hands of the sheriff waiting for him. It is said in effect, that though
the immediate power of imprisonment is transferred to the bail, the
plaintiff must retain the power of having it put in action by an exe-
cution ; and that he parts for a time even with these by a stay of
execution. But he has no such means before the recovery of judg-
ment, till which time there is intermediately an entire cessation of
his power ; and the absence of it afterwards, consequently, cannot be
the criterion : if it were, a temporary suspension of execution by a
statutory provision, such as with us ensues a judgment on special
verdict, demurrer, or case stated, in order to give time for a writ of
error, would have the effect of working a dissolution of the recogni-
zance, which it never was intended or supposed to have. A writ of
error which supersedes execution, undoubtedly discharges the special
bail, because the bail in error is substituted for them, and a new se-
curity is interposed ; but if a writ of error be not taken, or bail in
error be not given, the special bail remain liable; and why should a
suspension by the act of a party be more extensive in its effect 1 If
a limited stay of execution implied an exemption of the person at the
expiration of it, it would certainly make the defendant a freeman ;
but it is one thing to postpone the time of satisfaction, and another
to narrow the means of it. When the stay is out, the plaintiff has
the same right to execution of the body that he had before, or that
he would have had if there had been no stay at all ; and if a suspen-
sion of the right to immediate execution be not necessarily a re-
linquishment of the security originally taken to have the body forth-
coming, when execution of it should be legally demanded, it produces
no intermission of the plaintiff's power over it in the meantime.
During a postponement of execution, the power of the bail, incidental
to a continuance of their responsibility, is as much the power of the



380 SUPREME COURT [Harrisburg

[Johnson v. Boyer.]

plaintiff as it was before judgment ; nor is it more remotely so in respect
to his means of compelling them to use it by an execution against
the body. In the event of the defendant's succession to a seat in par-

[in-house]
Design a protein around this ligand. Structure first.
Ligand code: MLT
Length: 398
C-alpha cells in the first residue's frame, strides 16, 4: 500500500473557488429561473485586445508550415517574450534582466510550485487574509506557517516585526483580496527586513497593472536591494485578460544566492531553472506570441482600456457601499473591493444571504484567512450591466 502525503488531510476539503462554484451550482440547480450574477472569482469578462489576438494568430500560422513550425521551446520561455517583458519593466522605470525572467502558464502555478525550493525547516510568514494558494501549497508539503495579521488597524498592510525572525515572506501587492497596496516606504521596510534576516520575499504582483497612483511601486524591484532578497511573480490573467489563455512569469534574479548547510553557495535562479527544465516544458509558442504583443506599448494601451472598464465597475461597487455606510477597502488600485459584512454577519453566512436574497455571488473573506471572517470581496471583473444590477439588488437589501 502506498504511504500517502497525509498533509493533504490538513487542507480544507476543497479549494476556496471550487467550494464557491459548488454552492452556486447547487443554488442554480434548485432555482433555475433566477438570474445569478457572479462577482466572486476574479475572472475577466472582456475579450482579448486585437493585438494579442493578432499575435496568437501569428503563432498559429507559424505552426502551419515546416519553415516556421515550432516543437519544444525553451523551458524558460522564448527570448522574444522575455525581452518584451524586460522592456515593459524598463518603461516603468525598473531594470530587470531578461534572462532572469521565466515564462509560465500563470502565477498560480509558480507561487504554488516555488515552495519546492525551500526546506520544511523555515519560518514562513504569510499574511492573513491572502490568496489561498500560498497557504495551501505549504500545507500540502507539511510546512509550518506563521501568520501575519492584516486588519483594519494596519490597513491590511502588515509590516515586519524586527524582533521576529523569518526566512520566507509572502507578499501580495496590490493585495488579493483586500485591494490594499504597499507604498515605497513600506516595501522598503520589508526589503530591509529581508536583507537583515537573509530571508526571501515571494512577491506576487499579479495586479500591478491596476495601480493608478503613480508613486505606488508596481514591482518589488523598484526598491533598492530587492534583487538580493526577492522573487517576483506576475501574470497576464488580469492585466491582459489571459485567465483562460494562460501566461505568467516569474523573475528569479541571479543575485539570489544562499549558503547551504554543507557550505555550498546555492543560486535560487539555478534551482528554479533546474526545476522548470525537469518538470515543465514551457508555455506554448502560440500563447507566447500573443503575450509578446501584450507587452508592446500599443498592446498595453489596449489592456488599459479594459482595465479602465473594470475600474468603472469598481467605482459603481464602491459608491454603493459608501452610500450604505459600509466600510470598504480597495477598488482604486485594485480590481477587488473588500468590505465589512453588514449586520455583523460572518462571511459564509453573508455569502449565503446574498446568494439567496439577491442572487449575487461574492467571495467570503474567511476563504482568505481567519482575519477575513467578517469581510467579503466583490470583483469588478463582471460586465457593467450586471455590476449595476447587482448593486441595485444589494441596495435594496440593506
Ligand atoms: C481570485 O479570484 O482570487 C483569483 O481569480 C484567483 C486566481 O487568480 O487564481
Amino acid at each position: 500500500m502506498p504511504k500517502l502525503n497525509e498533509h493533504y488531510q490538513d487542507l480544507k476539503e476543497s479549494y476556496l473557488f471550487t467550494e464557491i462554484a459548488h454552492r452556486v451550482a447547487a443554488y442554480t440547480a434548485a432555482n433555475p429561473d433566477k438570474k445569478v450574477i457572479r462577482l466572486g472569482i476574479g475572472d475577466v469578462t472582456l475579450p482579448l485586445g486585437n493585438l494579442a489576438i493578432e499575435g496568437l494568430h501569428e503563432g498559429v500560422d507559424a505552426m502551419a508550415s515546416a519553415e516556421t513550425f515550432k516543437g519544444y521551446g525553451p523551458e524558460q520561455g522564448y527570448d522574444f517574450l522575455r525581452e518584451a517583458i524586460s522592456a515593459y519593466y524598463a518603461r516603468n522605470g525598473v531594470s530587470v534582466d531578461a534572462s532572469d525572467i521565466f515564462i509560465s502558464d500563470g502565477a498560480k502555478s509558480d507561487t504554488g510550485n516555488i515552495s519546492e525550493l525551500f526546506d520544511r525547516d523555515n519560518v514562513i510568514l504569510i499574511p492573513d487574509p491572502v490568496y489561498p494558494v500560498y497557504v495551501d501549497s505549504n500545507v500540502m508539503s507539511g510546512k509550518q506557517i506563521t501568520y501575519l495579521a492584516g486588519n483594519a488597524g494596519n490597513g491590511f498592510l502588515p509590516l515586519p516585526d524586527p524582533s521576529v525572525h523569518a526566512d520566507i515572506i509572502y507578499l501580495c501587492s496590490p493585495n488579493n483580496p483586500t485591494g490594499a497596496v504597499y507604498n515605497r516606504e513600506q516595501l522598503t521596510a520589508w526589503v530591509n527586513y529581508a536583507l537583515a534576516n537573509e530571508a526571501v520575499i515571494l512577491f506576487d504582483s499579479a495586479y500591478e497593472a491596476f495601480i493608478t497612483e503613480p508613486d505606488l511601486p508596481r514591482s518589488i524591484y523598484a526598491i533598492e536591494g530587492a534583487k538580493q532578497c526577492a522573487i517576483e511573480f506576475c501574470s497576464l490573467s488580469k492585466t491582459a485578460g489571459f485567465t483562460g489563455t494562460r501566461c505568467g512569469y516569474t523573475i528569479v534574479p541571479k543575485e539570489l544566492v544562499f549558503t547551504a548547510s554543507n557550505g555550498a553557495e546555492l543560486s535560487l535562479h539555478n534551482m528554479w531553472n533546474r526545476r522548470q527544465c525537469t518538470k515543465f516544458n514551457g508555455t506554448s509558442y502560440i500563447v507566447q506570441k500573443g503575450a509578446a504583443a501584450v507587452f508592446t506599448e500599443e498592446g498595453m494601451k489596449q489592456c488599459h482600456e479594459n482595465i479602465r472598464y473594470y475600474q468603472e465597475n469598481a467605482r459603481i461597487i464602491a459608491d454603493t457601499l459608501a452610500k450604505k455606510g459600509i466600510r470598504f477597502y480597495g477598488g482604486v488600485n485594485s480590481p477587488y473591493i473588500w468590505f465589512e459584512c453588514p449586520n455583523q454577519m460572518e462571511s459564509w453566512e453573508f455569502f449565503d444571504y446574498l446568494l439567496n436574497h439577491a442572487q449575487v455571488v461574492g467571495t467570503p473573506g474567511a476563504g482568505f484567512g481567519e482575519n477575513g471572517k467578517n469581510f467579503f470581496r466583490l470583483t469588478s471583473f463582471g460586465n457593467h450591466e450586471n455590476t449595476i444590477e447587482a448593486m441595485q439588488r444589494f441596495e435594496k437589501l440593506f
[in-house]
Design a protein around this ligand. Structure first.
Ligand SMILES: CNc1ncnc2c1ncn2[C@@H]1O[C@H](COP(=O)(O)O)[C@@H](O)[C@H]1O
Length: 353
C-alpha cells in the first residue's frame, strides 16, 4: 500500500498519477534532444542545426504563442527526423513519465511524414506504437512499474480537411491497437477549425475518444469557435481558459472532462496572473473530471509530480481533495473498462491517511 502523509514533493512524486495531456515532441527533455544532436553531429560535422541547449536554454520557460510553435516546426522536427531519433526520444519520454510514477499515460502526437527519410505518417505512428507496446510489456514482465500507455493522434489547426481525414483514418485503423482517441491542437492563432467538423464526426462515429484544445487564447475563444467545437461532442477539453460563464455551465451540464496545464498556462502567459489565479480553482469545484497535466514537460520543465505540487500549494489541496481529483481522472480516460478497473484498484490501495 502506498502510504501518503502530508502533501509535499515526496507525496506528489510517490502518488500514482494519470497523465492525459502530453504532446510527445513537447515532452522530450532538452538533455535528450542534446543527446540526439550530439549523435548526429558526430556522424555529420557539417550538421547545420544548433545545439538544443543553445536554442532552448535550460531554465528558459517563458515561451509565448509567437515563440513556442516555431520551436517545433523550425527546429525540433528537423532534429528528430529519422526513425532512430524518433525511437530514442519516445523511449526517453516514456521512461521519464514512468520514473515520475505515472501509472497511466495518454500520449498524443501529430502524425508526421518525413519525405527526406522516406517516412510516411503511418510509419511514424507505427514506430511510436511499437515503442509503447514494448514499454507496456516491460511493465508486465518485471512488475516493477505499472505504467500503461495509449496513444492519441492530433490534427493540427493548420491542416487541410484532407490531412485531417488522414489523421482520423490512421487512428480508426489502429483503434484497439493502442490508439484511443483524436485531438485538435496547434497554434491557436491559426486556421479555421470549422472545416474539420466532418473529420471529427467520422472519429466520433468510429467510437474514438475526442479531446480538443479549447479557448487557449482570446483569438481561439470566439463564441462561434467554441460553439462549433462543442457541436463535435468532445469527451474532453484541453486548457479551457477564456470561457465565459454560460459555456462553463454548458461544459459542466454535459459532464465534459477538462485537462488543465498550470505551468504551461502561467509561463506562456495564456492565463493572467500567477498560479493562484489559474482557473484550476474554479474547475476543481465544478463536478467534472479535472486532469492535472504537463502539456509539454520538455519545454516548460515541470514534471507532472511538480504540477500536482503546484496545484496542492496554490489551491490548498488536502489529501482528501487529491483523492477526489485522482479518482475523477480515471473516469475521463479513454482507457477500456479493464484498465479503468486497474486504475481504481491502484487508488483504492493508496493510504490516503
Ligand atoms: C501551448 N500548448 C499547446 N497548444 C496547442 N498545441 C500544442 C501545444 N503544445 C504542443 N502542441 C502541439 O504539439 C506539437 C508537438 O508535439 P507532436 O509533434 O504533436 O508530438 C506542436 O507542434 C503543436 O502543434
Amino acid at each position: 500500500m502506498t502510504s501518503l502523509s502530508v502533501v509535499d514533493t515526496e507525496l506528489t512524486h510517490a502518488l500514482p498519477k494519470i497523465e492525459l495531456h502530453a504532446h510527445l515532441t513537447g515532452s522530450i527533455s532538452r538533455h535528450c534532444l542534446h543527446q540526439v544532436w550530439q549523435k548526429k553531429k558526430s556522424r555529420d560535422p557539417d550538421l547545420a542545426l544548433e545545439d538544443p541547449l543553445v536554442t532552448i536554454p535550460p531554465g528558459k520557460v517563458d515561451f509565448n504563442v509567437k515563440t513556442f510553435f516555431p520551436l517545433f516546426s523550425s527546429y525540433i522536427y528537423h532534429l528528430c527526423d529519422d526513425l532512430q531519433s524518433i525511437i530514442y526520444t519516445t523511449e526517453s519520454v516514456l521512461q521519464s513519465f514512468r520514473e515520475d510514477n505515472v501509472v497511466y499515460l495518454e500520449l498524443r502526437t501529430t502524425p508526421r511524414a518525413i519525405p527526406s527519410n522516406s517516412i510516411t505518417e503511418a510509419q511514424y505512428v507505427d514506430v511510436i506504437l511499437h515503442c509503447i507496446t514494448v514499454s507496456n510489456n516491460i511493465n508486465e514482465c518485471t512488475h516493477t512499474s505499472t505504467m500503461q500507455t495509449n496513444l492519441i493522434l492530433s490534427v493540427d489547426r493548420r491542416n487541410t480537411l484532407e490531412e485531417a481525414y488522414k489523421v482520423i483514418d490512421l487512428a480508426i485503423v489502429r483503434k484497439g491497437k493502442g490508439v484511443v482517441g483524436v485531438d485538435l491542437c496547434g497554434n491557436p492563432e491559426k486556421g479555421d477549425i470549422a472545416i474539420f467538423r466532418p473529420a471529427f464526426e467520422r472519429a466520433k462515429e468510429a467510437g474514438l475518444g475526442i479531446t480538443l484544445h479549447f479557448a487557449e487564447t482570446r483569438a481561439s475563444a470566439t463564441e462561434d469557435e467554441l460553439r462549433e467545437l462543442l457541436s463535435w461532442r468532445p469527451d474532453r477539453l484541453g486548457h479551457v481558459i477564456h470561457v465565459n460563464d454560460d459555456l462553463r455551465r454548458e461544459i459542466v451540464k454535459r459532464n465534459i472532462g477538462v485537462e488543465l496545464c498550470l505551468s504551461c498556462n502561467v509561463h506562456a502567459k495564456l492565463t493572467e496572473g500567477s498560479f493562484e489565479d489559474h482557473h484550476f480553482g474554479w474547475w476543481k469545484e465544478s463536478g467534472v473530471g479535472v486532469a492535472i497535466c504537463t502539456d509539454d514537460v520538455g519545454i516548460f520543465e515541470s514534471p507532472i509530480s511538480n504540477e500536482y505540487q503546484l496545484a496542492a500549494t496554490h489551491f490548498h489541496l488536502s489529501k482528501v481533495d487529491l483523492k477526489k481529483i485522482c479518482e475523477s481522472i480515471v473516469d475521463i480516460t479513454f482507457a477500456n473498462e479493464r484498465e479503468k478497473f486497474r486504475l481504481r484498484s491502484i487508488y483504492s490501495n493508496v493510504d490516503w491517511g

liament, or of his transportation, banishment or death, the power both
of the plaintiff and the bail is displaced by a superior power, which
essentially differs the case from that of a mere suspension of the
plaintiff's right to insist on the immediate exercise of a power trans-
ferred from him to the bail, and continuing to exist in them with all
its original force. It would be unreasonable to interpret the agree-
ment for a stay so as to subject the plaintiff to the risk of the defend-
ant's evasion, unless the latter could have no benefit of it in another
way. Not only, however, is his property temporarily exempt from
seizure, but the custody of his person is committed to the discre-
tionary authority of a friend, whose object in acquiring it is to set
him at liberty instead of letting him remain in jail, under the arbi-
bitrary power of the plaintiff. He may, doubtless, be deprived of the
expected benefit by the capricious surrender of his friend ; but to be
subject to the power of a keeper of his own choice was the whole
consideration of his cognovit, and if he meant to stipulate for the
permanent exemption of his person, he ought to have had it so ex-
pressed. At the worst, he has the benefit of a temporary exemption
of his property, which is a sufficient consideration. Having obtained
every thing that he stipulated for, it does not follow that he would
be discharged if surrendered ; and it therefore seems that the opposite
doctrine is without foundation even in technical reason. But, how-
ever the question might be thought to stand on theory or foreign
authority, it is sufficient for present purposes that no counsel in
Pennsylvania ever suspected a temporary stay of execution to be an
exoneration of special bail, and that the practice has been settled,
from the first, in conformity with the principle now indicated. It
would seem, therefore, that the plaintiff was entitled to judgment.
Judgment affirmed.



JVor. 1834.] OF PENNSYLVANIA. 381



Green against Leymer.

If a judgment be confessed before, and entered by, a justice of the peace, for a
sum exceeding 100 dollars, the merits of it cannot afterwards be inquired into
by the justice ; he has no further jurisdiction over the subject.

A transcript of a judgment of a justice for a sum exceeding 100 dollars, may
be filed in the common pleas, and upon a scire facias quare executio non
and judgment thereon, an execution may issue, although there had not been an
execution from the justice, and return of " nulla bona"

ERROR to the common pleas of Dauphin county.

Richard Green confessed a judgment in favour of John Ley-
mer before a justice, for a sum exceeding 100 dollars, a transcript